Objective: To determine the cost effectiveness of 5 combinations of strategies for increasing adherence to mammography recommendations in a population of women between the ages of 50 and 85 years enrolled in a large midwestern health maintenance organization. Study design: A randomized control trial comparing interventions believed to increase mammography adherence. Patients and methods: Intervention strategies included 5 combinations of physician recommendation, telephone, and in-person counseling. A total of 652 participants were randomly assigned to 1 of 6 intervention groups and 628 (95.9%) were available at 6-month follow-up. A logistic regression model with adherence as the dependent variable and group as the independent variable was used to test for significant differences between groups. A ratio of cost to improvement in mammogram adherence evaluated the cost effectiveness at 6 months. Results: All 5 interventions resulted in significantly higher rates of adherence compared to no intervention. However, when considering costs, only 1 emerged as the superior strategy for the overall study population. In-person counseling was the most cost-effective strategy overall, followed closely by in-person counseling and physician's letter intervention. For women contemplating mammography, the telephone contact and physician's letter combination was the most cost-effective intervention. For women not contemplating mammography, the physician's letter was superior. The physician's letter worked best with women who had previous mammograms. For women with no mammogram history, the in-person counseling and physician's letter combination was clearly superior. Conclusions: The cost effectiveness of mammography screening interventions varies based on women's prior history of mammograms and their future intent. Further, managed care organization member characteristics can be used to determine the most cost-effective mammography screening intervention based on individual readiness.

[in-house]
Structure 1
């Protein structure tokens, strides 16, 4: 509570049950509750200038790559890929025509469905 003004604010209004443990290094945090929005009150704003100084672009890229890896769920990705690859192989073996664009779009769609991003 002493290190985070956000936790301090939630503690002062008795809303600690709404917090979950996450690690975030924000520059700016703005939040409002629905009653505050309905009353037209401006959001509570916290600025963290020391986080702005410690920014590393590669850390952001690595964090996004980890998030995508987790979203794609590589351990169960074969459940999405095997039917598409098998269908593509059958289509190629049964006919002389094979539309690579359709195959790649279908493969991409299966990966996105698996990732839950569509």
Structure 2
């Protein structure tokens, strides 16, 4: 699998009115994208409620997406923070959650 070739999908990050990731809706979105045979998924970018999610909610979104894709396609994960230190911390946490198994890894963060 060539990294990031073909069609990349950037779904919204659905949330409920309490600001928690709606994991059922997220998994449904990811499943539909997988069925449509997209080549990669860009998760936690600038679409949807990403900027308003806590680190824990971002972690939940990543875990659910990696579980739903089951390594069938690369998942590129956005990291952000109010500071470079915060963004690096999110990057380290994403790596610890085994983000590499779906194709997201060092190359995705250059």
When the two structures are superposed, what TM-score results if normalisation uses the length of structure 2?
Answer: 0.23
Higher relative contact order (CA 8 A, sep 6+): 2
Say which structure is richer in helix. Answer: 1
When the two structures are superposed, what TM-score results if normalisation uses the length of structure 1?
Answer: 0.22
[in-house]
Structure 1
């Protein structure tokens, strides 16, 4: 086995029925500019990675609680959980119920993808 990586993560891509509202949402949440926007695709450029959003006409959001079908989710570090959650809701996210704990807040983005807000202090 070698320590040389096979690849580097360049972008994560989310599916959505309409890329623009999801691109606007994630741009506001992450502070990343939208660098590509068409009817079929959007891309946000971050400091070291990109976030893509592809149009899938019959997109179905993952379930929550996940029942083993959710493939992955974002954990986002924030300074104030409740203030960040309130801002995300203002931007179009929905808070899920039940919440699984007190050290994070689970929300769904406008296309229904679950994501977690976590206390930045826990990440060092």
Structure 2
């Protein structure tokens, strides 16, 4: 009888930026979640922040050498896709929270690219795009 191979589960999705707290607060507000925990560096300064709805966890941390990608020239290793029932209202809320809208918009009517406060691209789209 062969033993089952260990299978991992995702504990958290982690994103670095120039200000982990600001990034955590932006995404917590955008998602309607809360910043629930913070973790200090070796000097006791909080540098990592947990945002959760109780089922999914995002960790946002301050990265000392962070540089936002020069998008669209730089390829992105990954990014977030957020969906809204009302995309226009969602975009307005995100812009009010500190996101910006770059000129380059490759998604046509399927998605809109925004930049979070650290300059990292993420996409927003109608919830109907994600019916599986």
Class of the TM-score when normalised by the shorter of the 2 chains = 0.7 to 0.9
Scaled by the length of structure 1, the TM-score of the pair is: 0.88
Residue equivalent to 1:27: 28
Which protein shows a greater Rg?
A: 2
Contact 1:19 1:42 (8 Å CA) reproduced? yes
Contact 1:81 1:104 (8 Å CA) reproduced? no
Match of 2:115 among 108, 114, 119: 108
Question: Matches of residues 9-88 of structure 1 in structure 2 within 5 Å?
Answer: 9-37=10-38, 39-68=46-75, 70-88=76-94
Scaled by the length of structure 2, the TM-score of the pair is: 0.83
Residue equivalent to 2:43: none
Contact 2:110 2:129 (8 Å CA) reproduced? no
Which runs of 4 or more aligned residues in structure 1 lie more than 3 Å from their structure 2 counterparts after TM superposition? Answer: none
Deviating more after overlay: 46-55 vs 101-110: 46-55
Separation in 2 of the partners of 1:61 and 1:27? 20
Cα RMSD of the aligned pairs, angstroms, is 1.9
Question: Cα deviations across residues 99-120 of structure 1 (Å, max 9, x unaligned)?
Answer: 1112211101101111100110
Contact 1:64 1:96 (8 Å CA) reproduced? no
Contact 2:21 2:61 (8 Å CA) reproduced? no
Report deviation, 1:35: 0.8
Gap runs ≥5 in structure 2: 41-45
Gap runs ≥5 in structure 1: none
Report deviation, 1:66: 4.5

|Original language||English (US)|
|Number of pages||12|
|Journal||American Journal of Managed Care|
|State||Published - Jan 1 2003|
ASJC Scopus subject areas
- Health Policy